On December 18th, CBS’ 60 Minutes broadcast a story entitled There Goes the Neighborhood about the impact of abandoned properties due to foreclosures and declining home values. The piece focuses on Cleveland, Ohio where Cuyahoga County officials have demolished more than 1,000 homes this year - and plan to demolish 20,000 more - rather than let the blight spread and render nearby homes near worthless.
Although I grew up just outside of Cleveland, I’ve lived away long enough to appreciate that I am in no position to make an informed judgment about whether the decision to demolish these homes is in the interest of Cleveland’s citizens. I know that the market context in Cleveland is very different than in Boston, and perhaps the neighborhood is served by demolishing vacant homes before they become vandalized and blighted, or worse. Deeding the resultant vacant lots over to abutters for open space or community gardens may well help stabilize the value of surrounding properties.
However, there is something so sad that all these homes, many of them sound structures, are being demolished, especially when so many people in Cleveland don’t have a decent home. Beyond that, I believe that aggressive demolition as a defensive response to homes becoming vacant represents a failure in public policy nationwide. We, as citizens, are collectively responsible for this failure.
First, stable homeownership requires appropriate financing, and we failed to provide the necessary oversight and regulation of the lenders, brokers and appraisers who knowingly sold predatory loan products to families who could not afford them. Second, when homeowners got into trouble, whether due to the loan products they bought or the economic calamities they faced, they appealed to lenders who too often refused to modify loans to payment levels borrowers could afford and adjust principal amounts to reflect a home’s current value. We have failed to enact laws that can require lenders to negotiate in good faith with borrowers, and to enact federal bankruptcy reform that will allow homeowners to restructure their debts.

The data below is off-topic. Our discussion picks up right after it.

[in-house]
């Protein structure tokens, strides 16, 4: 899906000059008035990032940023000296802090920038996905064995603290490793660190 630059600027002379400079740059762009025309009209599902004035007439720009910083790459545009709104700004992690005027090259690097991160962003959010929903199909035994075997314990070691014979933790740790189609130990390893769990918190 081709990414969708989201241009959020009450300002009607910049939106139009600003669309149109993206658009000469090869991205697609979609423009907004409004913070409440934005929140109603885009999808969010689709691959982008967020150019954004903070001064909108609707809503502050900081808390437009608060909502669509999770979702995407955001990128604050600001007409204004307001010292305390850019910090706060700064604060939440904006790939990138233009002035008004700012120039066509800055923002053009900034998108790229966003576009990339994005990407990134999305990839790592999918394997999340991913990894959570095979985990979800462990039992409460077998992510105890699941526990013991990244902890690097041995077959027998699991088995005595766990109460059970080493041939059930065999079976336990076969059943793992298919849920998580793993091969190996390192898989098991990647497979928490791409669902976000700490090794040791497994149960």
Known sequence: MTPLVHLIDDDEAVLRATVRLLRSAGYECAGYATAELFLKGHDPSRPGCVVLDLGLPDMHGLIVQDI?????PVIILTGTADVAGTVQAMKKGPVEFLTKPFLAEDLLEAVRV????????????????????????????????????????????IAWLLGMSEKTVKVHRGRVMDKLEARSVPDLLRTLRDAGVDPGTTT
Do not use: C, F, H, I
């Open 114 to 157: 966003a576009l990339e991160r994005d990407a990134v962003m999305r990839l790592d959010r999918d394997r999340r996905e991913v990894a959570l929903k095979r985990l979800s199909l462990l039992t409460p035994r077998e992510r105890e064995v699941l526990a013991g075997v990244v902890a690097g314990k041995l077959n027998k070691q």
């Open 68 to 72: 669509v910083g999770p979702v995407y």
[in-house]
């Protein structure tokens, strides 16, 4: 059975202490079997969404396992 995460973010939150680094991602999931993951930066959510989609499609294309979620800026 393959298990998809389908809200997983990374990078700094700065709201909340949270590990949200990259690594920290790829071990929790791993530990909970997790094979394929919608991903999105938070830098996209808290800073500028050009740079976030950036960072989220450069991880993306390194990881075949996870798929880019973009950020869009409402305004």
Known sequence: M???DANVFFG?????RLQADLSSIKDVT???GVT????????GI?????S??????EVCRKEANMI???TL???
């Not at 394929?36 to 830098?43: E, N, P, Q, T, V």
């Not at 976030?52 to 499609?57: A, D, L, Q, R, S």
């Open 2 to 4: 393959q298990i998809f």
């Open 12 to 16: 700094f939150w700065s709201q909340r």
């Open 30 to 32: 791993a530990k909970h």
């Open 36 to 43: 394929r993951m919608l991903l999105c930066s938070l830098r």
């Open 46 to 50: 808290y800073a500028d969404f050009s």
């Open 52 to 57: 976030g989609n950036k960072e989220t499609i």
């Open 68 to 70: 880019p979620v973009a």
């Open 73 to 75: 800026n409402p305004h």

Third, when foreclosure occurred, we failed to protect the residents, both renters and owners, from being evicted. Fourth, we failed to enforce building codes to require the foreclosing lender to better maintain the properties they acquire after foreclosure (or control prior to foreclosure). And fifth, we failed to provide the funding and technical assistance so that nonprofit organizations and individual homebuyers can acquire, renovate, and maintain foreclosed properties so they become an asset to rather than a blight on the neighborhood.
By the time the City of Cleveland, or any other City, is faced with the option of leaving a vacant home to deteriorate or demolishing the home before it deteriorates, we have already lost five opportunities to intervene. Unless we are assured that there is sufficient quality, affordable housing to meet everyone’s needs- and I don’t know of a place where we can have that assurance- demolishing homes rather than preserving and improving them represents a fundamental failure in public policy: in laws and regulations, in code enforcement, in resources, and in political will. The public tools are there if we choose to prioritize them.